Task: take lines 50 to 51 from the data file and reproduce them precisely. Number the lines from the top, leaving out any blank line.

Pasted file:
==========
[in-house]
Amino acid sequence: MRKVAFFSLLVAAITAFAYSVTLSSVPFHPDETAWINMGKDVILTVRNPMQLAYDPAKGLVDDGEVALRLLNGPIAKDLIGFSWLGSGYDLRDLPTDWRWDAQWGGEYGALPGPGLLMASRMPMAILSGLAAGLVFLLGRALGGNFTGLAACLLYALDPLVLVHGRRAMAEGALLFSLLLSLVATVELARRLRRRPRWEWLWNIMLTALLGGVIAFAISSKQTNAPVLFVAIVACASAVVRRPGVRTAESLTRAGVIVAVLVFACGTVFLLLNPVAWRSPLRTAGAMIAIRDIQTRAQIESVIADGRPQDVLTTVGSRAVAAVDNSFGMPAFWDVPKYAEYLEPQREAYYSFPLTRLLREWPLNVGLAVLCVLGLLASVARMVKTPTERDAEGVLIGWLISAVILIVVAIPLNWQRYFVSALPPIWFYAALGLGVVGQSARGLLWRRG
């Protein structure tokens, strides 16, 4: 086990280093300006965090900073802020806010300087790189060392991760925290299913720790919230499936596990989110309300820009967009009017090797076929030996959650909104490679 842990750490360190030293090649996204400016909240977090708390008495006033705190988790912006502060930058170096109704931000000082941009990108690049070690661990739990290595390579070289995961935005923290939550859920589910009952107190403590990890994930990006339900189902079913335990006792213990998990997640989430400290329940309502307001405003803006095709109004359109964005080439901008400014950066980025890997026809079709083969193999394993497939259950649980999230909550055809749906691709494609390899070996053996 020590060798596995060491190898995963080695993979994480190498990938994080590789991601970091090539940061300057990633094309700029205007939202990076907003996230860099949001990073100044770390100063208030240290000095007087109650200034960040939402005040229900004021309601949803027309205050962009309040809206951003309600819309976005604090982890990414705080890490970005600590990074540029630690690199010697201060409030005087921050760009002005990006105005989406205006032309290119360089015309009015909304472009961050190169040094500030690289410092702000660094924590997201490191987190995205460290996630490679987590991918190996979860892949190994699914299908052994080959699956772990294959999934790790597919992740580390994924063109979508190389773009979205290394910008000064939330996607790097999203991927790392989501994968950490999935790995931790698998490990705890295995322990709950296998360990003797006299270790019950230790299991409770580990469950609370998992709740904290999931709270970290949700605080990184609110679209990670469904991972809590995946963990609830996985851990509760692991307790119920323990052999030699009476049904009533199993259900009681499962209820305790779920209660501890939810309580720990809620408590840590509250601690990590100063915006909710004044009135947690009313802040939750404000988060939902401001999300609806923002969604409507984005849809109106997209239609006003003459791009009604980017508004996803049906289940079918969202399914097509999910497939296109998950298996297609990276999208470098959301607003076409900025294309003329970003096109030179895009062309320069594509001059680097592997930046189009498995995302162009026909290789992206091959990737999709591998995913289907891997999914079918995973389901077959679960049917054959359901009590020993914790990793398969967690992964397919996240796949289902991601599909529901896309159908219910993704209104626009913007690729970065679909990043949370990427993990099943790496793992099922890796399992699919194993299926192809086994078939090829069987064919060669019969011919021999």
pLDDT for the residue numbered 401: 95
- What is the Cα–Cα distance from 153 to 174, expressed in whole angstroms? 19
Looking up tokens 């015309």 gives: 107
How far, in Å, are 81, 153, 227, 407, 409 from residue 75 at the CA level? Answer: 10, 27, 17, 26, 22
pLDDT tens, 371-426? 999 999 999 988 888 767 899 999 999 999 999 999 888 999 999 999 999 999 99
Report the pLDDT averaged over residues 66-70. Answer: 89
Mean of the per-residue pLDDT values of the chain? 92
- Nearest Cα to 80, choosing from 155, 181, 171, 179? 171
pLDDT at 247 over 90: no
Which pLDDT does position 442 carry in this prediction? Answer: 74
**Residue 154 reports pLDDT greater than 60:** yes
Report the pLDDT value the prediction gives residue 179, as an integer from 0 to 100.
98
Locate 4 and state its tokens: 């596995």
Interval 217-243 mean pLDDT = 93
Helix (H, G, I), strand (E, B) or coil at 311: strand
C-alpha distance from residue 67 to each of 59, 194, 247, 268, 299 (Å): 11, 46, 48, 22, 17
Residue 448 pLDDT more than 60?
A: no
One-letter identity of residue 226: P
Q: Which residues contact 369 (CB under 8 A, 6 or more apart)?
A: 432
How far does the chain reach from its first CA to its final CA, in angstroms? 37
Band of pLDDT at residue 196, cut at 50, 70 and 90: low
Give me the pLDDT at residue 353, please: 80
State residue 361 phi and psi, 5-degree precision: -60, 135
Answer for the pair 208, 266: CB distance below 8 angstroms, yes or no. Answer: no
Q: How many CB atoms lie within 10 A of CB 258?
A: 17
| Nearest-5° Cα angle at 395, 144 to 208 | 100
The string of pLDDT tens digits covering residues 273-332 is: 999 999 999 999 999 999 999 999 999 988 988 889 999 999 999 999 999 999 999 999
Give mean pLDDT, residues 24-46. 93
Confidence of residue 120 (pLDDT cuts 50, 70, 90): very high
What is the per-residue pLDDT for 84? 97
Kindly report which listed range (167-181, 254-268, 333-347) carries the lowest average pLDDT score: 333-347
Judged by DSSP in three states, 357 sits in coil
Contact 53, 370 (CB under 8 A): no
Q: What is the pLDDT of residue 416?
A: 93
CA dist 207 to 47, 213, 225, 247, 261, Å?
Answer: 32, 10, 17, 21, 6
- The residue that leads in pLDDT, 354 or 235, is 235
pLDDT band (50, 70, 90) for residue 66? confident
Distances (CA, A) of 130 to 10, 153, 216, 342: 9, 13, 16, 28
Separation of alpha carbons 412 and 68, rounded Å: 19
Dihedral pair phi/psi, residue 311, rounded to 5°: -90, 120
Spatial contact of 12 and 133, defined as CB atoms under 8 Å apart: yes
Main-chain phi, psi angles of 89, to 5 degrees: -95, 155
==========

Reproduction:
Spatial contact of 12 and 133, defined as CB atoms under 8 Å apart: yes
Main-chain phi, psi angles of 89, to 5 degrees: -95, 155